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tackle

[tak-uh l or for 2–4, tey-kuh l] /ˈtæk əl or for 2–4, ˈteɪ kəl/
noun
1.
equipment, apparatus, or gear, especially for fishing:
fishing tackle.
2.
a mechanism or apparatus, as a rope and block or a combination of ropes and blocks, for hoisting, lowering, and shifting objects or materials; purchase.
3.
any system of leverage using several pulleys.
4.
Nautical. the gear and running rigging for handling a ship or performing some task on a ship.
5.
an act of tackling, as in football; a seizing, grasping, or bringing down.
6.
Football.
  1. either of the linemen stationed between a guard and an end.
  2. the position played by this lineman.
7.
(formerly) tack1 (def 8).
verb (used with object), tackled, tackling.
8.
to undertake to handle, master, solve, etc.:
to tackle a difficult problem.
9.
to deal with (a person) on some problem, issue, etc.
10.
to harness (a horse).
11.
Football. to seize, stop, or throw down (a ball-carrier).
12.
Soccer, Field Hockey. to block or impede the movement or progress of (an opponent having the ball) with the result of depriving the opponent of the ball.
13.
to seize suddenly, especially in order to stop.
verb (used without object), tackled, tackling.
14.
Football. to tackle an opponent having the ball.
Origin
1200-1250
1200-50; Middle English takel gear, apparatus < Middle Low German; akin to take
Related forms
tackler, noun
retackle, verb (used with object), retackled, retackling.
Dictionary.com Unabridged
Based on the Random House Dictionary, © Random House, Inc. 2014.
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Examples from the web for tackled
  • Lots of other people have tackled it over the years and failed.
  • Everyone can touch the ball and everyone can be tackled if they have the ball.
  • After you make a tackle or get tackled the play isn't over, get up and keep moving.
  • Climate change is a multi-faceted problem and needs to be tackled on many fronts.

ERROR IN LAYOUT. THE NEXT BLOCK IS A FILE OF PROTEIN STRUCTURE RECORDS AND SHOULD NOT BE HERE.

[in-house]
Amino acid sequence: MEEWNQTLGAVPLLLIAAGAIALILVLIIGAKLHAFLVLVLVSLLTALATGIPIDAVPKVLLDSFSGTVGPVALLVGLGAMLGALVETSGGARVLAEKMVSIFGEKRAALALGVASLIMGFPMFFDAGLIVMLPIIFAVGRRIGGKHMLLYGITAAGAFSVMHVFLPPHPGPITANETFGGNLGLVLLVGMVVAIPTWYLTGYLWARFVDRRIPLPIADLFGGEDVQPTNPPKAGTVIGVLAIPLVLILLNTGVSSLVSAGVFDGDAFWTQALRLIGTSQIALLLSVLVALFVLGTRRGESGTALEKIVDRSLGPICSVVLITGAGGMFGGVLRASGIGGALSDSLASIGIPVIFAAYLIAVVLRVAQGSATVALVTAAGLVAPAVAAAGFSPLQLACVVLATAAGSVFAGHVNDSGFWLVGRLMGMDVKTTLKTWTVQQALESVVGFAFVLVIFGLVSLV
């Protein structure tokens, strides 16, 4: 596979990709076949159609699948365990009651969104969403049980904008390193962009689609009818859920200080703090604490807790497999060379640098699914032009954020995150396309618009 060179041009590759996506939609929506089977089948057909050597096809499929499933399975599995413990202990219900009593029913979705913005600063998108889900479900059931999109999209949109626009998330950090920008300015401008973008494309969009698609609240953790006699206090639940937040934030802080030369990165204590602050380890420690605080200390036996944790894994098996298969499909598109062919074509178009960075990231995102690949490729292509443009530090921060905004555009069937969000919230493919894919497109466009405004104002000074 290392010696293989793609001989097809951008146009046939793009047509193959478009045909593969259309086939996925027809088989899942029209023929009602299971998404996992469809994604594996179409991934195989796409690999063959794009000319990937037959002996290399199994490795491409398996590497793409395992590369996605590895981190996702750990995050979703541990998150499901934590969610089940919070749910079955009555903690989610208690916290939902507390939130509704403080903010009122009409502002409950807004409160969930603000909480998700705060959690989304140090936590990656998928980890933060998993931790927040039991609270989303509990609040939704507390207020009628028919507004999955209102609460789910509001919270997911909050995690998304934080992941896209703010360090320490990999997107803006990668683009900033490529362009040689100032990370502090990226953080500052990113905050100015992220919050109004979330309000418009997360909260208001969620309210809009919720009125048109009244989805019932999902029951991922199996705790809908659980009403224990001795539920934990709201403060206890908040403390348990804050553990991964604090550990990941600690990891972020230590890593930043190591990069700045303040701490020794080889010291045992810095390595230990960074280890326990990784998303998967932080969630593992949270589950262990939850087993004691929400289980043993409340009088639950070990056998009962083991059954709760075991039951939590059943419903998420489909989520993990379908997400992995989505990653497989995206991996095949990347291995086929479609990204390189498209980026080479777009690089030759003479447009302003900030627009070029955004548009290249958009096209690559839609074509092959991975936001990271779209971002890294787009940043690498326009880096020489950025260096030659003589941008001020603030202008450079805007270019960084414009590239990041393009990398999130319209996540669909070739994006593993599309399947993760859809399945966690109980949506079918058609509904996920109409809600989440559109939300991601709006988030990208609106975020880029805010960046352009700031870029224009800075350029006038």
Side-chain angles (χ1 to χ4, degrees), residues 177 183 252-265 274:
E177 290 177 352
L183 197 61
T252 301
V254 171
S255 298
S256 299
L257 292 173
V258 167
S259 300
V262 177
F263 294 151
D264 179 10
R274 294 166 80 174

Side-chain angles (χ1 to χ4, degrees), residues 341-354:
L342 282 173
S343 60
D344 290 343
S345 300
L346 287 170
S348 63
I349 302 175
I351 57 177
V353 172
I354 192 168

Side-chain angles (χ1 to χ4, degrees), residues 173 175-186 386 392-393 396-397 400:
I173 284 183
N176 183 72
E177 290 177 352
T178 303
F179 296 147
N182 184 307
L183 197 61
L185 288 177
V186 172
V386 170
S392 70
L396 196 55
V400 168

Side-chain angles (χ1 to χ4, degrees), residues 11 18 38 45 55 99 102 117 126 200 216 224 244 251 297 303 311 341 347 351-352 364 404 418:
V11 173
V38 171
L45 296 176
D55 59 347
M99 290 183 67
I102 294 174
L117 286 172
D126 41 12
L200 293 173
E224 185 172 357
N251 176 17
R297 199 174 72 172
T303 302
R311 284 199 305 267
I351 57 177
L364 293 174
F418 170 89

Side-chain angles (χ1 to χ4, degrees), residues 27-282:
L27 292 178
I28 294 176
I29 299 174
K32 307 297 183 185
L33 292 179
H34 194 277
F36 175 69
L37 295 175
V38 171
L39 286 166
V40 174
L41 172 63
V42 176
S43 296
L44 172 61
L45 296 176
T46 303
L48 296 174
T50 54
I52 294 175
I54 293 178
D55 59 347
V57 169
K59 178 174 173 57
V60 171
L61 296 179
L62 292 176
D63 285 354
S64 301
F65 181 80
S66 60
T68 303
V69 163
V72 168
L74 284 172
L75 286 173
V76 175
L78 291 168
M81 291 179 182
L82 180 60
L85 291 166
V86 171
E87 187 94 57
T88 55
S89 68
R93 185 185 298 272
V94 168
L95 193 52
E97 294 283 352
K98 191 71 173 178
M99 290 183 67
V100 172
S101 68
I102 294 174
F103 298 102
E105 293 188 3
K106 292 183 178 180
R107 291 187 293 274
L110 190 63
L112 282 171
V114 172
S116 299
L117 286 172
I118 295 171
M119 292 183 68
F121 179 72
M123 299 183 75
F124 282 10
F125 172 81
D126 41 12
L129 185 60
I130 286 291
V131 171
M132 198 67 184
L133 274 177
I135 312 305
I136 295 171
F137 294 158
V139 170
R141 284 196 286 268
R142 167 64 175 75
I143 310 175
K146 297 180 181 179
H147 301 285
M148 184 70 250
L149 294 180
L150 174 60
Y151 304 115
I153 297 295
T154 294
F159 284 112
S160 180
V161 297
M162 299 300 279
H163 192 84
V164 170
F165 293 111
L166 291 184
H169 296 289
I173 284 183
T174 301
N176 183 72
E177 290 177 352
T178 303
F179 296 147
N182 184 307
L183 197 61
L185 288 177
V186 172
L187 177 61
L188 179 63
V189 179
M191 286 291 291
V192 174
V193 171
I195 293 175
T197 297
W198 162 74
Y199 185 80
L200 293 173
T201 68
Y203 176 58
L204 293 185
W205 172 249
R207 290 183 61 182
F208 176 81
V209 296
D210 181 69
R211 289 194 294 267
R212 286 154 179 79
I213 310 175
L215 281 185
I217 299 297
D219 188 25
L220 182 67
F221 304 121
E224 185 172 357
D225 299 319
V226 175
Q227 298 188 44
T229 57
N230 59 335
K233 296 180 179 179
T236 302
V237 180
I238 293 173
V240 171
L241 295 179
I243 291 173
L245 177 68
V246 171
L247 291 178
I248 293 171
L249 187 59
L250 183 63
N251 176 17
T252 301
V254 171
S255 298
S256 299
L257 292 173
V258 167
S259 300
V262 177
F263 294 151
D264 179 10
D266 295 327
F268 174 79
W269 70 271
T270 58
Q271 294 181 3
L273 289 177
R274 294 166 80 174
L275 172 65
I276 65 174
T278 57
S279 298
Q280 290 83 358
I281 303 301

• Nor does it create the structure through which the social tasks of the knowledge society can be tackled.
  • Issues of education, the economy, and rising inflation are of critical concern and need to be tackled immediately.
  • He has tackled some extremely serious problems with vigor.
  • Thousands of teams tackled the problem for more than three years, sharing their results and algorithms along the way.
  • But one main thing that still needs to be tackled is the budget.
  • But even if one accepts these criticisms at face value, they could surely be tackled more directly.
British Dictionary definitions for tackled

tackle

/ˈtækəl; often nautical ˈteɪkəl/
noun
1.
any mechanical system for lifting or pulling, esp an arrangement of ropes and pulleys designed to lift heavy weights
2.
the equipment required for a particular occupation, etc: fishing tackle
3.
(nautical) the halyards and other running rigging aboard a vessel
4.
(slang) a man's genitals
5.
(sport) a physical challenge to an opponent, as to prevent his progress with the ball
6.
(American football) a defensive lineman
verb
7.
(transitive) to undertake (a task, problem, etc)
8.
(transitive) to confront (a person, esp an opponent) with a difficult proposition
9.
(sport) (esp in football games) to challenge (an opponent) with a tackle
Derived Forms
tackler, noun
Word Origin
C13: related to Middle Low German takel ship's rigging, Middle Dutch taken to take
Collins English Dictionary - Complete & Unabridged 2012 Digital Edition
© William Collins Sons & Co. Ltd. 1979, 1986 © HarperCollins
Publishers 1998, 2000, 2003, 2005, 2006, 2007, 2009, 2012
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Word Origin and History for tackled

tackle

n.

mid-13c., "apparatus, gear," from Middle Dutch or Middle Low German takel "the rigging of a ship," perhaps related to Middle Dutch taken "grasp, seize" (see take (v.)), or perhaps from root of tack (n.1). Meaning "apparatus for fishing" is recorded from late 14c. The noun meaning "act of tackling" in the sporting sense is recorded from 1876 (see tackle (v.)); as the name of a position in North American football, it is recorded from 1884.

v.

mid-14c., "entangle, involve," from tackle (n.). Sense of "to furnish (a ship) with tackles" is from c.1400; meaning "to harness a horse" is recorded from 1714. The meaning "lay hold of, come to grips with, attack" is attested from 1828, described by Webster that year as "a common popular use of the word in New England, though not elegant;" figurative sense of "try to deal with" (a task or problem) is from 1840. The verb in the sporting sense first recorded 1867. Related: Tackled; tackling.

Online Etymology Dictionary, © 2010 Douglas Harper
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14
16
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